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THE NEW YORK TIMES Dead for a Dollar’ Review: How the Western’s Done (By A.O. Scott)

THE NEW YORK TIMES Dead for a Dollar’ Review: How the Western’s Done (By A.O. Scott)

Walter Hill’s lean, mean shoot-’em-up is a master class in B-movie craft.
“A man has a job to do, or a couple of men. They try to do it against tremendous odds. They do it.” That was how Budd Boetticher, whose “B” westerns of the 1950s became touchstones of the genre, summed up his movies. Walter Hill’s sinewy new western, “Dead for a Dollar,” is dedicated to Boetticher, who died in 2001, and honors his memory with appropriate thrift and elegance. It’s also a reminder that Hill — who at 80 has had a career that includes cult classics (“The Warriors,” “Streets of Fire”), smash hits (“48 Hours”) and everything in between — is a master in his own right, whose artistry has often been overlooked and undervalued.

The plot is maybe a little more complicated than what you’d see in “The Tall T,” “Ride Lonesome” or other Boetticher gems, but like them, “Dead for a Dollar” organizes its action around a set of practical challenges and ethical conundrums. There are more than a couple of men (and only one woman) involved in this caper, and the jobs they have to do put them at potentially fatal cross purposes with one another and with themselves. Everyone wants to stay alive and make a living, and also to follow whatever code they imagine constrains their behavior. It’s in the nature of things — certainly of westerns — that not everyone will succeed, and that philosophical arguments will be resolved with bullets.

Hill, who wrote as well as directed, is in no hurry to get to the shooting. He understands the value of the slow buildup, and also likes to listen to his characters talk — especially the salty old desert rats played by Willem Dafoe and Christoph Waltz. When we first meet them, Joe Cribbens (Dafoe), a grizzled all-purpose outlaw, is about to be sprung from the New Mexico Territorial Jail. He carries a grudge against Max Borlund (Waltz), the businesslike bounty hunter who sent him there.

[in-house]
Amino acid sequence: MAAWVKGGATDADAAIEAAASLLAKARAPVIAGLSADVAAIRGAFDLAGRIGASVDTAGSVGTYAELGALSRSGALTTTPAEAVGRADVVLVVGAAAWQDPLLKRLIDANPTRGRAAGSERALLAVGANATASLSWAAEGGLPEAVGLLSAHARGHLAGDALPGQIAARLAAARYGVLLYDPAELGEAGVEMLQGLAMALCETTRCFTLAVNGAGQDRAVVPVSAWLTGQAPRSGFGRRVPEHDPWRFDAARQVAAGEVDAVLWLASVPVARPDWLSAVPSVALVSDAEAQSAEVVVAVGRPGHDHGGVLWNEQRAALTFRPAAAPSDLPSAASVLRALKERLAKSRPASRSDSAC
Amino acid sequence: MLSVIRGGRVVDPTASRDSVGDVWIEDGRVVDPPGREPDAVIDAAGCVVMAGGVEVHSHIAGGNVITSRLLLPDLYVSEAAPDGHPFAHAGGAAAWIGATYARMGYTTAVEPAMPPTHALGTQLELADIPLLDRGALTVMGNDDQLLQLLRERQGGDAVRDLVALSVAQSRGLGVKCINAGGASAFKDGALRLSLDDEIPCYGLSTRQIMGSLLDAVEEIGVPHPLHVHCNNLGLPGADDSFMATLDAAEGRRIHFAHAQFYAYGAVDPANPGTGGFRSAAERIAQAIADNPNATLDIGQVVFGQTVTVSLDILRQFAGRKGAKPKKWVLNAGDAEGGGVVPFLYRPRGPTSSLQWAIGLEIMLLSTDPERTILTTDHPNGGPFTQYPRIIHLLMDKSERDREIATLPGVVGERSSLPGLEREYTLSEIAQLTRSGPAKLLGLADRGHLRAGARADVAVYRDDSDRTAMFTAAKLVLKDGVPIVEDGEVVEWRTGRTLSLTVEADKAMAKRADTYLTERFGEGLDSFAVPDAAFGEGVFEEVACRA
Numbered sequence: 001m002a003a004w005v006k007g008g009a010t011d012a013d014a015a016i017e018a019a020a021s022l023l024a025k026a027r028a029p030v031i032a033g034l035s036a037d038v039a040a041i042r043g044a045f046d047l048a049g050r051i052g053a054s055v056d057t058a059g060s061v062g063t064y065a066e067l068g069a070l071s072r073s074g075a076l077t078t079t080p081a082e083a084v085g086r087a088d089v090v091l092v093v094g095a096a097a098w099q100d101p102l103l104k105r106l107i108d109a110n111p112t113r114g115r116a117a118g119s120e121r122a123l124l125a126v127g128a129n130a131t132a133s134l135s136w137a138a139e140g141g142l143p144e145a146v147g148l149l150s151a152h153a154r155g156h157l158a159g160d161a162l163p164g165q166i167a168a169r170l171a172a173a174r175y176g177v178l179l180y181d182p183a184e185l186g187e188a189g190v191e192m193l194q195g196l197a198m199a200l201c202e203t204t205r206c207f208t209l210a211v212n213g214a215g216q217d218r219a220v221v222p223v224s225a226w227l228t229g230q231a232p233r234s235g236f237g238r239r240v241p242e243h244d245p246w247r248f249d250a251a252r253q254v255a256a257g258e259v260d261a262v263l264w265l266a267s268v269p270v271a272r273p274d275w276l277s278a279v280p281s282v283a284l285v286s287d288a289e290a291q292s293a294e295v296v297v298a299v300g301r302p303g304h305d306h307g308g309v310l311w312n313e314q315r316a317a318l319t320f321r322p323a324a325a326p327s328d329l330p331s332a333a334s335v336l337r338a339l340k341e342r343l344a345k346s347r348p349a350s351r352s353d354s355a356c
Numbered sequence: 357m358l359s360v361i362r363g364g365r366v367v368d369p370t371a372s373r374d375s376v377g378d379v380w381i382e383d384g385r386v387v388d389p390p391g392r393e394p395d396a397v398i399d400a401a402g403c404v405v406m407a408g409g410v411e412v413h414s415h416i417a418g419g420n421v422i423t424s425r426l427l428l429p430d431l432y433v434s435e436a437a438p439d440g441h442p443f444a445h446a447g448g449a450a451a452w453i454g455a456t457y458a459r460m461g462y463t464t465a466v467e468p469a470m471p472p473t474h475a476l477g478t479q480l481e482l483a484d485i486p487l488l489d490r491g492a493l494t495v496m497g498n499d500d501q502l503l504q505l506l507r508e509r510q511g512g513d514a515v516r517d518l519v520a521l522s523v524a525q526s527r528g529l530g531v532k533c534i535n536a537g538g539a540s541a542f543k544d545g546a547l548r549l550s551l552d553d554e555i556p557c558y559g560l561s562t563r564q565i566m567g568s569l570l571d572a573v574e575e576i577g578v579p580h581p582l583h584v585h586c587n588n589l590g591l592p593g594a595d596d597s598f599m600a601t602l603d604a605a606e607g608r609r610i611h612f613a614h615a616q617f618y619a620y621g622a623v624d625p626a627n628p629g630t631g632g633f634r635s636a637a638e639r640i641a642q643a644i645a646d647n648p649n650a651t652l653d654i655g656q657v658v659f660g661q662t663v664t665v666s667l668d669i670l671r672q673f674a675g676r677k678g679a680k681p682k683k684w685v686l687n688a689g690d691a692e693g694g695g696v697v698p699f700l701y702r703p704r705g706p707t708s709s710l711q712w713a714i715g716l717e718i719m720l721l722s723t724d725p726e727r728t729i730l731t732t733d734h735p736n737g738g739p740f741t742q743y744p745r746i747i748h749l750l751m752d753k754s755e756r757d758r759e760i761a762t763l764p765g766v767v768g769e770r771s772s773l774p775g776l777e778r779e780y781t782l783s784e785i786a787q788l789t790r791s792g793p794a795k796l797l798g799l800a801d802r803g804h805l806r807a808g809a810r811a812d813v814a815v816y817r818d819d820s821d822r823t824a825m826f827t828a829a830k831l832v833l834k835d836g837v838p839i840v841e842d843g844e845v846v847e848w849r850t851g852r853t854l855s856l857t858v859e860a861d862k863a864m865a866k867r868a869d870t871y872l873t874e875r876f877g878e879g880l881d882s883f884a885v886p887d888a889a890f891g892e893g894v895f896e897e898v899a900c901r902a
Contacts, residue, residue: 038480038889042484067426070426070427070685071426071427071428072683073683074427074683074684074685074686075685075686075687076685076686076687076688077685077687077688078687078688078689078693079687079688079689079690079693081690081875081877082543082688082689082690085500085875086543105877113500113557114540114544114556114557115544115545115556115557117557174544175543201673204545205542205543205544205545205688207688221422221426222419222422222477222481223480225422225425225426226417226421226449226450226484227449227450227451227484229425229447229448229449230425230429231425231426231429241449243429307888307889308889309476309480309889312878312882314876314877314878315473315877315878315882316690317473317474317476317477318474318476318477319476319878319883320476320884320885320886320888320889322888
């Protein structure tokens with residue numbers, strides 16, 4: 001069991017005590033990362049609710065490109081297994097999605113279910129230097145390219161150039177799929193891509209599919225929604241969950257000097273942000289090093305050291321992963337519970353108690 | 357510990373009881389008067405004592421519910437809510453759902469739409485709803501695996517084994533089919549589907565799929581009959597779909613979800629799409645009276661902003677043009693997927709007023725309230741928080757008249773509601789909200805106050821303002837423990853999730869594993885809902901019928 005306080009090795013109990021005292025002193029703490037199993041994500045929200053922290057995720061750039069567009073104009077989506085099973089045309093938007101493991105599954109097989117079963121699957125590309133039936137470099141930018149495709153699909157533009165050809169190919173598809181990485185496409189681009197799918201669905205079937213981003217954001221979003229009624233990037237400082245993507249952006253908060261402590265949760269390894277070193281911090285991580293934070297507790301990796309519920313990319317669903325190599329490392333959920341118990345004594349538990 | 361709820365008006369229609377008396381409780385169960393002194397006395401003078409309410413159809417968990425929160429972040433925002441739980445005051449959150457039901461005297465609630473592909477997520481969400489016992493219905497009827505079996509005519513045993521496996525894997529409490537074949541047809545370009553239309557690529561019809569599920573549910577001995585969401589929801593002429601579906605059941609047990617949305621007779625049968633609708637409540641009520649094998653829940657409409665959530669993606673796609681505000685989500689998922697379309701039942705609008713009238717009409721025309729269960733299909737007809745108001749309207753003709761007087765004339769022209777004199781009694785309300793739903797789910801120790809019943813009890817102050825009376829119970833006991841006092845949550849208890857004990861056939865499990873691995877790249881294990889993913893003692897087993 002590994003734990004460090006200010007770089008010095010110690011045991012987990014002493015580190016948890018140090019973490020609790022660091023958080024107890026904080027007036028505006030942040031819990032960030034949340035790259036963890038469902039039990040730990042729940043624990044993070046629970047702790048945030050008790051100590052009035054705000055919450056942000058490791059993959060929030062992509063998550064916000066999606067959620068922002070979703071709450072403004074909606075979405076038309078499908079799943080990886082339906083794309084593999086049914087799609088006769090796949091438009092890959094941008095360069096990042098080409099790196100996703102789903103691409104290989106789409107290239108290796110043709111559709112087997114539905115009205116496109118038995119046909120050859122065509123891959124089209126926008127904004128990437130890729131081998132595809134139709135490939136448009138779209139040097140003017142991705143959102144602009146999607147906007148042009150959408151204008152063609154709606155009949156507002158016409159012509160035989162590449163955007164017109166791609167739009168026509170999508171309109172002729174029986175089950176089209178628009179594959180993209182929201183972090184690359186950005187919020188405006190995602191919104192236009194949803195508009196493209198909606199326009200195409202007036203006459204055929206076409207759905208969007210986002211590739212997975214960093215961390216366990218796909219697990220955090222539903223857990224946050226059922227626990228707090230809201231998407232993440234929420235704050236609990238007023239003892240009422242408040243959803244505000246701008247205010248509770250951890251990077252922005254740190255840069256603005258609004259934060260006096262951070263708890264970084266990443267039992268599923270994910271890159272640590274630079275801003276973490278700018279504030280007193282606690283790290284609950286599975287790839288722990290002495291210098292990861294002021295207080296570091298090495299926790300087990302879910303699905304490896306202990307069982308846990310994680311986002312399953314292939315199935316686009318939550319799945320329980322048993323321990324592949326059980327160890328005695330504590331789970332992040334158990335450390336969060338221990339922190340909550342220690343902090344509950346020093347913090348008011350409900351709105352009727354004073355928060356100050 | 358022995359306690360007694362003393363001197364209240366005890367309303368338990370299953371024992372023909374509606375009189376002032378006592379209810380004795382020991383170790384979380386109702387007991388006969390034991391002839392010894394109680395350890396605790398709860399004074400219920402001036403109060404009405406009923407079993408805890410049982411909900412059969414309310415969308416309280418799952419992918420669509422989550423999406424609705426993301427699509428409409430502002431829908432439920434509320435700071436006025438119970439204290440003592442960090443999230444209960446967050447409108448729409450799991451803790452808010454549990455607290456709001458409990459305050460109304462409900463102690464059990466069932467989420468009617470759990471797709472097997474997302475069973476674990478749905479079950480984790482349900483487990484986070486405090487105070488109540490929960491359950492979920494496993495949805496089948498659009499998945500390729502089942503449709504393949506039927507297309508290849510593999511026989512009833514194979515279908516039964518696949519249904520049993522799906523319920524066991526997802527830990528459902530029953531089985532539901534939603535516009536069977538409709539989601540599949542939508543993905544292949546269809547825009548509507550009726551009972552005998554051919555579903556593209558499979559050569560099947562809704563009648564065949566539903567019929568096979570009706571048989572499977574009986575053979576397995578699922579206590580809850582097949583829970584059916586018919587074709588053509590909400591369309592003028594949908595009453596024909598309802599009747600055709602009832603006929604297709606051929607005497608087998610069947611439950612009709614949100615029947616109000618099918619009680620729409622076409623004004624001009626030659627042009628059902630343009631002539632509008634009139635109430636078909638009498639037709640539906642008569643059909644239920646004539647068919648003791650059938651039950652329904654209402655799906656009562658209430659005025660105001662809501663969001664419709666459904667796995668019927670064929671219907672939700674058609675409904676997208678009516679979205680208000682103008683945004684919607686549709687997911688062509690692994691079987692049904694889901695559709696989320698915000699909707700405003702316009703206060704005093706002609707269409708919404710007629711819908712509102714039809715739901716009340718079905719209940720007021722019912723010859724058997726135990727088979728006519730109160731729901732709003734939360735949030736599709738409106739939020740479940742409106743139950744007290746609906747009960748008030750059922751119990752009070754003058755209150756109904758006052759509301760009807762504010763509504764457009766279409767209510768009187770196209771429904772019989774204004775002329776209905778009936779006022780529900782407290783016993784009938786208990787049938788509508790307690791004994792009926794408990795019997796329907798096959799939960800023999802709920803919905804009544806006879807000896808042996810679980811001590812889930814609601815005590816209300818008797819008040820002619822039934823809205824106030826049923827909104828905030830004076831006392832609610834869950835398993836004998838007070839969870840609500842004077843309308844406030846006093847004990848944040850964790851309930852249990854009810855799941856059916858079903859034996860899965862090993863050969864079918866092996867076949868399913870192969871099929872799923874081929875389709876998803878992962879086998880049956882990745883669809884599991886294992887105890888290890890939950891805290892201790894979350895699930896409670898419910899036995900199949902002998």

The settling of their score will have to wait. Joe plans to retire south of the border for some R & R — he’s fond of poker, liquor and “señoritas” — while Max has a new assignment to deal with. An American soldier has run off to Mexico with the wife of a wealthy, politically ambitious landowner named Kidd (Hamish Linklater), who hires Max to hunt them down.

It’s inevitable that Max and Joe will cross paths — the Mexico of American westerns is a small place, in spite of its vastness — but the movie has a lot of thematic ground to cover on the way to that meeting. The western genre traffics heavily in myth, and also in politics, and there’s plenty of both here. An archetypal drama about loyalty, treachery and honor winds through thickets of racism and greed.

What Kidd describes as a kidnapping is in fact an interracial romance between Rachel (Rachel Brosnahan), his wife, and Elijah Jones (Brandon Scott), a Black Army sergeant. Elijah’s onetime friend Poe (Warren Burke), who is conscripted to help Max find the couple, has his own bitter experience as a Black man on the 1890s frontier. On both sides of the border, prejudice is sometimes trumped by the corrupting power of money, which makes a mockery of the idea of justice. Kidd’s counterpart in Mexico is Tiberio Vargas (Benjamin Bratt), a ruthless warlord whose whims can mean the difference between life and death.

I’ll leave you to find out who lives and who dies, not because any of it is all that surprising but because one of the pleasures of “Dead for a Dollar” lies in appreciating Hill’s skill as a storyteller. He uses the plot as a trellis on which his sometimes florid characters can bloom, even as their choices quicken and thicken the plot.

I don’t want to oversell this movie: It’s solidly and proudly a B picture, as the Boetticher dedication makes clear. But in an age of blockbuster bloat and streaming cynicism, a solid B movie — efficiently shot (by Lloyd Ahern II) and effectively acted (by everyone) is something of a miracle. Hill had a job to do. He did it. That’s worth something.